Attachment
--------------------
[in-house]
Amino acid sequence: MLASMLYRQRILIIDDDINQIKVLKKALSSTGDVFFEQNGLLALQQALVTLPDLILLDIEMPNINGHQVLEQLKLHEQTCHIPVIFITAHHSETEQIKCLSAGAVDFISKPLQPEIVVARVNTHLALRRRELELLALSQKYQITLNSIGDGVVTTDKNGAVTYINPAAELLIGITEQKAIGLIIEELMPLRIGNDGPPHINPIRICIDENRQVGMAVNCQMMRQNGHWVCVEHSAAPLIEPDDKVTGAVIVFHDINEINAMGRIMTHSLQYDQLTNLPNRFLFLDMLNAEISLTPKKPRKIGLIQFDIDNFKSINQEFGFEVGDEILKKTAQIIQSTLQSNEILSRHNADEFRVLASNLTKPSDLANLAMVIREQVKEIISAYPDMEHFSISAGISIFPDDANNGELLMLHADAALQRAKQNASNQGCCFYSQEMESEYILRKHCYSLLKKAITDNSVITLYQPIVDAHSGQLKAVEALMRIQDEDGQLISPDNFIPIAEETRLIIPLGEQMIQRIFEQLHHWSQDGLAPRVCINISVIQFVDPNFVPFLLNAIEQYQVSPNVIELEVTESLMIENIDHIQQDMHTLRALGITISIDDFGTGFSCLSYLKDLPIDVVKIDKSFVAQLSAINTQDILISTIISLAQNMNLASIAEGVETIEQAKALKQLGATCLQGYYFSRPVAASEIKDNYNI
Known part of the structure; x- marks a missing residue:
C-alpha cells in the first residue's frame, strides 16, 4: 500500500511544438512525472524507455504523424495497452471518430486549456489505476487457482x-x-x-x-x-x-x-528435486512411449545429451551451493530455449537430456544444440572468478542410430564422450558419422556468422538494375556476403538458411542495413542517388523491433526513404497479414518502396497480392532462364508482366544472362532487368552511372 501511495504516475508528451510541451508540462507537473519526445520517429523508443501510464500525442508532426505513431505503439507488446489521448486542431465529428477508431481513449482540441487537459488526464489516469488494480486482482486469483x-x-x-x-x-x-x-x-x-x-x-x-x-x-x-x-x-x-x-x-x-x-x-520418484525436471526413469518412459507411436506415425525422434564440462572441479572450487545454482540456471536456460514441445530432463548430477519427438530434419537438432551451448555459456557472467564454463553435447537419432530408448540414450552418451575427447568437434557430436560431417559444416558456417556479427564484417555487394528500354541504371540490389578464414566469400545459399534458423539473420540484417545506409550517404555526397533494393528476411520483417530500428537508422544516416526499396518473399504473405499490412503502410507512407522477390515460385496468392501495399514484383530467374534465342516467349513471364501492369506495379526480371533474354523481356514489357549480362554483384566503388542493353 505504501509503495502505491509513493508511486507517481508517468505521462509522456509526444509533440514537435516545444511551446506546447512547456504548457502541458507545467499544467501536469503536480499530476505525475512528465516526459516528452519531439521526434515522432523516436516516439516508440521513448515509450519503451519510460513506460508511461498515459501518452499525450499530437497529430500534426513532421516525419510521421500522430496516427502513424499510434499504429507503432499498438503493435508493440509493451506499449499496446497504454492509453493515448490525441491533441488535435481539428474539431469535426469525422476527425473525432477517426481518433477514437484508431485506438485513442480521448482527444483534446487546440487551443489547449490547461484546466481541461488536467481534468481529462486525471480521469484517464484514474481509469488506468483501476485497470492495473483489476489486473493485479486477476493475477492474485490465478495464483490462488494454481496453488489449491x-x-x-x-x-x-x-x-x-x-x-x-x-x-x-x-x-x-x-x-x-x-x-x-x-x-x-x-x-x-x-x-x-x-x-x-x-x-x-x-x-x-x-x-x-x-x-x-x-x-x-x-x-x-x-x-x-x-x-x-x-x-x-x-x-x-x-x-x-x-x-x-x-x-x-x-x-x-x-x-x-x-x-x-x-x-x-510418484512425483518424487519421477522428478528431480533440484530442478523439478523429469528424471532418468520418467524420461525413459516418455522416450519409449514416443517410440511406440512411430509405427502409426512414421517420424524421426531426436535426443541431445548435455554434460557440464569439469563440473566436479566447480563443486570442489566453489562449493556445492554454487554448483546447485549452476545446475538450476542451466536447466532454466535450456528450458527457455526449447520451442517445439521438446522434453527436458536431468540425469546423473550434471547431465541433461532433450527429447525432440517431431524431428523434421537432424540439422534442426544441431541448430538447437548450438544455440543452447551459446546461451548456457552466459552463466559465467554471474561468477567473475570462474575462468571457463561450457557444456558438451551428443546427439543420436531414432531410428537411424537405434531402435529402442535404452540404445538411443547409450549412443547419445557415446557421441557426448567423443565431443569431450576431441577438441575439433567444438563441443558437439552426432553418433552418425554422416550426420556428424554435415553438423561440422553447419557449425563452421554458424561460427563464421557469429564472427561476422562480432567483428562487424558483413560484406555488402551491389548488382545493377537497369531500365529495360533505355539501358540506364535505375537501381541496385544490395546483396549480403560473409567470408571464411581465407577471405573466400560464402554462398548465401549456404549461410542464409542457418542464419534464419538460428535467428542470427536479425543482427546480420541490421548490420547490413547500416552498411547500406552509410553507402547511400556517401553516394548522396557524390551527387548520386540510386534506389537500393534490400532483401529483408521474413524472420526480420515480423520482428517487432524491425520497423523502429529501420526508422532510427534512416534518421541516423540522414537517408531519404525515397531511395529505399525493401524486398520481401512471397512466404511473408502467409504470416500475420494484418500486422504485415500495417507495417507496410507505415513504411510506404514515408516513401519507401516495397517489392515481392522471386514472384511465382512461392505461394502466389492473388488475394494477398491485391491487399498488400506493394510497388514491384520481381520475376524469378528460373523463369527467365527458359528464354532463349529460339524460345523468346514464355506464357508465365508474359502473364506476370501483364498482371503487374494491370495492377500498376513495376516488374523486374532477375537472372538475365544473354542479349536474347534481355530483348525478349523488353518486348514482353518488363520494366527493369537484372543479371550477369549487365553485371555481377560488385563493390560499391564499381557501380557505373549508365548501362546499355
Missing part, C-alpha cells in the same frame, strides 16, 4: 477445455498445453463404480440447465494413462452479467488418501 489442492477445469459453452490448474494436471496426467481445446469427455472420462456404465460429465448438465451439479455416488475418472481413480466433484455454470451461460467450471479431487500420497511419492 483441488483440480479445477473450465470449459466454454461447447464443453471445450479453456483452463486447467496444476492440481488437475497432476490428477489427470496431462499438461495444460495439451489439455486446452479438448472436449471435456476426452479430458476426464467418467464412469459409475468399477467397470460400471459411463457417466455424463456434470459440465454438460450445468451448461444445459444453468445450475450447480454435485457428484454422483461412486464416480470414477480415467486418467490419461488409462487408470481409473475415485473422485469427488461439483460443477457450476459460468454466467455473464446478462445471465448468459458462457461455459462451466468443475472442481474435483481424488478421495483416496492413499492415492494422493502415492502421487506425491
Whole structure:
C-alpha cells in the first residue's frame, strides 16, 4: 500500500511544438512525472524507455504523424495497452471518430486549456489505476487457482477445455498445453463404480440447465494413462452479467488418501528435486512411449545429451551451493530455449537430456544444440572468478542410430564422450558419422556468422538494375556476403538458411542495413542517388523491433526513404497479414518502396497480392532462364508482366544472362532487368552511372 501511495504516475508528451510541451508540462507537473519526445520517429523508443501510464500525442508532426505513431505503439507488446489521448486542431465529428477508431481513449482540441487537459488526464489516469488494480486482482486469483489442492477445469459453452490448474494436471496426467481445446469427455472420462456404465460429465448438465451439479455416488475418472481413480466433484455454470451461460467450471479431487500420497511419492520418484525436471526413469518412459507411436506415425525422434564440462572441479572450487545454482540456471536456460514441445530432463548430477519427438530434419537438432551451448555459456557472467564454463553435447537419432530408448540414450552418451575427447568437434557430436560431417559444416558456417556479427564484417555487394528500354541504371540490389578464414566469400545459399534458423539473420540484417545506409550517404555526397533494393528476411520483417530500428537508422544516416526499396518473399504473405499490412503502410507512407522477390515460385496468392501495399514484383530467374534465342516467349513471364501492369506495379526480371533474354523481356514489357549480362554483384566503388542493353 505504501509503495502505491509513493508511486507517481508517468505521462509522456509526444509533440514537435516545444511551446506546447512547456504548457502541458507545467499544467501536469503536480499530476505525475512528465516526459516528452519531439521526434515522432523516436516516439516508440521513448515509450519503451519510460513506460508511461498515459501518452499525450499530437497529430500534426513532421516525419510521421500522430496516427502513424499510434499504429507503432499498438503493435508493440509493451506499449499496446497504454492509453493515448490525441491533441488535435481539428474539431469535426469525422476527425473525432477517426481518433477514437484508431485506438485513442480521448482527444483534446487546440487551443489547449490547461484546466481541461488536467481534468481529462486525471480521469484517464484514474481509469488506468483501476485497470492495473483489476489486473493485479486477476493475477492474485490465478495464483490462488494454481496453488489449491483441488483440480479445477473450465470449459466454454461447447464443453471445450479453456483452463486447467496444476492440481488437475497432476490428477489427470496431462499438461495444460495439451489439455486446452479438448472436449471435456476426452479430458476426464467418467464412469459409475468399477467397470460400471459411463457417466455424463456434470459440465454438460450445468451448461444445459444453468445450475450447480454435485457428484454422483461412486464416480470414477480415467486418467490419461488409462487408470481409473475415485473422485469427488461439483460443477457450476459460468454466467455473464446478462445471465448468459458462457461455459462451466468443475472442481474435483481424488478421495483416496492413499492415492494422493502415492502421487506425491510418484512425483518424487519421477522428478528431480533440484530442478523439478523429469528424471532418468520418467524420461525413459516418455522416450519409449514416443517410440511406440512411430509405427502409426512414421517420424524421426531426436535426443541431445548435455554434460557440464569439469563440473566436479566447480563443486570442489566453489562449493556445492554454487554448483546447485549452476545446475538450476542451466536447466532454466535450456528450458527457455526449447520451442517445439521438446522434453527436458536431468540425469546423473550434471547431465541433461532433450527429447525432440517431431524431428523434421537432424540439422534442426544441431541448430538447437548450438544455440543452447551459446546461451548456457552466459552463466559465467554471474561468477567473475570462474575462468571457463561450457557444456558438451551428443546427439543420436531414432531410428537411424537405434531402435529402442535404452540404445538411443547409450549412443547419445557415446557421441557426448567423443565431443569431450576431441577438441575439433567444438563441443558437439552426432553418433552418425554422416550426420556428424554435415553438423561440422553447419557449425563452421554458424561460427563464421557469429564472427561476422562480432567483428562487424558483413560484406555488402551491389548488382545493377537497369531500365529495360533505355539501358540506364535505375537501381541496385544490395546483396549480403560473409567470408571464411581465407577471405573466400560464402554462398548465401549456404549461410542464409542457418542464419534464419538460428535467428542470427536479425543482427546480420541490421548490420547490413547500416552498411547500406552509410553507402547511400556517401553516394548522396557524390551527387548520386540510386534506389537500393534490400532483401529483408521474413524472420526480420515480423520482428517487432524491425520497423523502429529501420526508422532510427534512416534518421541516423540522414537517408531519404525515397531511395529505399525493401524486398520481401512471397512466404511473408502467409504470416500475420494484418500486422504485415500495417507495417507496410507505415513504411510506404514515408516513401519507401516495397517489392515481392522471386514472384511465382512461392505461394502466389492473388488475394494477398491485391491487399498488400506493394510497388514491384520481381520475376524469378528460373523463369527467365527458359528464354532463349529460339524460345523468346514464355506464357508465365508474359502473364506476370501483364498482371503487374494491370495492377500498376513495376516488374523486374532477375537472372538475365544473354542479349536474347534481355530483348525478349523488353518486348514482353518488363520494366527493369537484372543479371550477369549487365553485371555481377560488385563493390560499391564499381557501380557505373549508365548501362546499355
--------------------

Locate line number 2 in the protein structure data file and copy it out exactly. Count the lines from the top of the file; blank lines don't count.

Amino acid sequence: MLASMLYRQRILIIDDDINQIKVLKKALSSTGDVFFEQNGLLALQQALVTLPDLILLDIEMPNINGHQVLEQLKLHEQTCHIPVIFITAHHSETEQIKCLSAGAVDFISKPLQPEIVVARVNTHLALRRRELELLALSQKYQITLNSIGDGVVTTDKNGAVTYINPAAELLIGITEQKAIGLIIEELMPLRIGNDGPPHINPIRICIDENRQVGMAVNCQMMRQNGHWVCVEHSAAPLIEPDDKVTGAVIVFHDINEINAMGRIMTHSLQYDQLTNLPNRFLFLDMLNAEISLTPKKPRKIGLIQFDIDNFKSINQEFGFEVGDEILKKTAQIIQSTLQSNEILSRHNADEFRVLASNLTKPSDLANLAMVIREQVKEIISAYPDMEHFSISAGISIFPDDANNGELLMLHADAALQRAKQNASNQGCCFYSQEMESEYILRKHCYSLLKKAITDNSVITLYQPIVDAHSGQLKAVEALMRIQDEDGQLISPDNFIPIAEETRLIIPLGEQMIQRIFEQLHHWSQDGLAPRVCINISVIQFVDPNFVPFLLNAIEQYQVSPNVIELEVTESLMIENIDHIQQDMHTLRALGITISIDDFGTGFSCLSYLKDLPIDVVKIDKSFVAQLSAINTQDILISTIISLAQNMNLASIAEGVETIEQAKALKQLGATCLQGYYFSRPVAASEIKDNYNI